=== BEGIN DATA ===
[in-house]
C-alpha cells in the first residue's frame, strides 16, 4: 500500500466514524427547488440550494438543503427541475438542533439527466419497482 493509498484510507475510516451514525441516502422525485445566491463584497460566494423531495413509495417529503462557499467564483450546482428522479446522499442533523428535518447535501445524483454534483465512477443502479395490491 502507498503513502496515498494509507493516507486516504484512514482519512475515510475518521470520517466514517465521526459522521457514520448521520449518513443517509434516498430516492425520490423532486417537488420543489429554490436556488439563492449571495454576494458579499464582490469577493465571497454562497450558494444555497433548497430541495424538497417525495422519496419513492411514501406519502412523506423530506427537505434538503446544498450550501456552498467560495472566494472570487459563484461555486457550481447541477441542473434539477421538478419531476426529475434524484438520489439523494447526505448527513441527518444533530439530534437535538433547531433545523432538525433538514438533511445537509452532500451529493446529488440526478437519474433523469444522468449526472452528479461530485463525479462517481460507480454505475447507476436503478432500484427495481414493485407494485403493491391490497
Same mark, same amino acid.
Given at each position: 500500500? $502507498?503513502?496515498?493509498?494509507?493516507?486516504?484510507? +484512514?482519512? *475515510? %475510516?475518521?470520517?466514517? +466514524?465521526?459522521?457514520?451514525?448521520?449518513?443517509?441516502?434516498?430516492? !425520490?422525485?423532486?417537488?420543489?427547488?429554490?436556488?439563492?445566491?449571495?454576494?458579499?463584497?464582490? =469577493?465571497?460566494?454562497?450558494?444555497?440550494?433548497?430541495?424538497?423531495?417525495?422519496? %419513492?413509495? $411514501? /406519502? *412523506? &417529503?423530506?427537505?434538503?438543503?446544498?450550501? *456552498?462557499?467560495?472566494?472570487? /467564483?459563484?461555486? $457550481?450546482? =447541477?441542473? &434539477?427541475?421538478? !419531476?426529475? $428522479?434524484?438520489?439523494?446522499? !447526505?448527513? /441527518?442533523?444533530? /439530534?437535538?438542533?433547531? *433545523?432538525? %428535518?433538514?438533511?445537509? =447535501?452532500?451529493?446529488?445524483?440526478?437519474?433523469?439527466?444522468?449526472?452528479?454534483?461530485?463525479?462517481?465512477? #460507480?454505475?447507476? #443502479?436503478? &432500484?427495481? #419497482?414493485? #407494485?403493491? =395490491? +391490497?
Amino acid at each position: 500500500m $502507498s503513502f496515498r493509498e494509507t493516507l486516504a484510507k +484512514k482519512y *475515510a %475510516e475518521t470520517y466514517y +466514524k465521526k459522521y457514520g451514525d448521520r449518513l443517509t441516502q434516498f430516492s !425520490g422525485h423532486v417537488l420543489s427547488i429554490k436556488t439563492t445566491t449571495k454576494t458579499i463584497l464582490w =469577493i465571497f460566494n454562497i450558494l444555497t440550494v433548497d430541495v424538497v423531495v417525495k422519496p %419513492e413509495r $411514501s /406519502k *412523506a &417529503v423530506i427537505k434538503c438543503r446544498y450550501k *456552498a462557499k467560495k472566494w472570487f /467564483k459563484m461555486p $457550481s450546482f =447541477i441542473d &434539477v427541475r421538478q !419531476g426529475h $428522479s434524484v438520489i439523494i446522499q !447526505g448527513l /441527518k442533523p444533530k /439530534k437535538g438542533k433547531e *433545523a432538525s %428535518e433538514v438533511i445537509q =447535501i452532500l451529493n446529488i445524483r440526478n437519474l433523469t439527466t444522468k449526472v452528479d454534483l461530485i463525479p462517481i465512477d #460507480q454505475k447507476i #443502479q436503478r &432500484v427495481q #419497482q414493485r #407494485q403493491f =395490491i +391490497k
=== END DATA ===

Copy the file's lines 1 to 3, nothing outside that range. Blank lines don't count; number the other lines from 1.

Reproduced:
[in-house]
C-alpha cells in the first residue's frame, strides 16, 4: 500500500466514524427547488440550494438543503427541475438542533439527466419497482 493509498484510507475510516451514525441516502422525485445566491463584497460566494423531495413509495417529503462557499467564483450546482428522479446522499442533523428535518447535501445524483454534483465512477443502479395490491 502507498503513502496515498494509507493516507486516504484512514482519512475515510475518521470520517466514517465521526459522521457514520448521520449518513443517509434516498430516492425520490423532486417537488420543489429554490436556488439563492449571495454576494458579499464582490469577493465571497454562497450558494444555497433548497430541495424538497417525495422519496419513492411514501406519502412523506423530506427537505434538503446544498450550501456552498467560495472566494472570487459563484461555486457550481447541477441542473434539477421538478419531476426529475434524484438520489439523494447526505448527513441527518444533530439530534437535538433547531433545523432538525433538514438533511445537509452532500451529493446529488440526478437519474433523469444522468449526472452528479461530485463525479462517481460507480454505475447507476436503478432500484427495481414493485407494485403493491391490497
Same mark, same amino acid.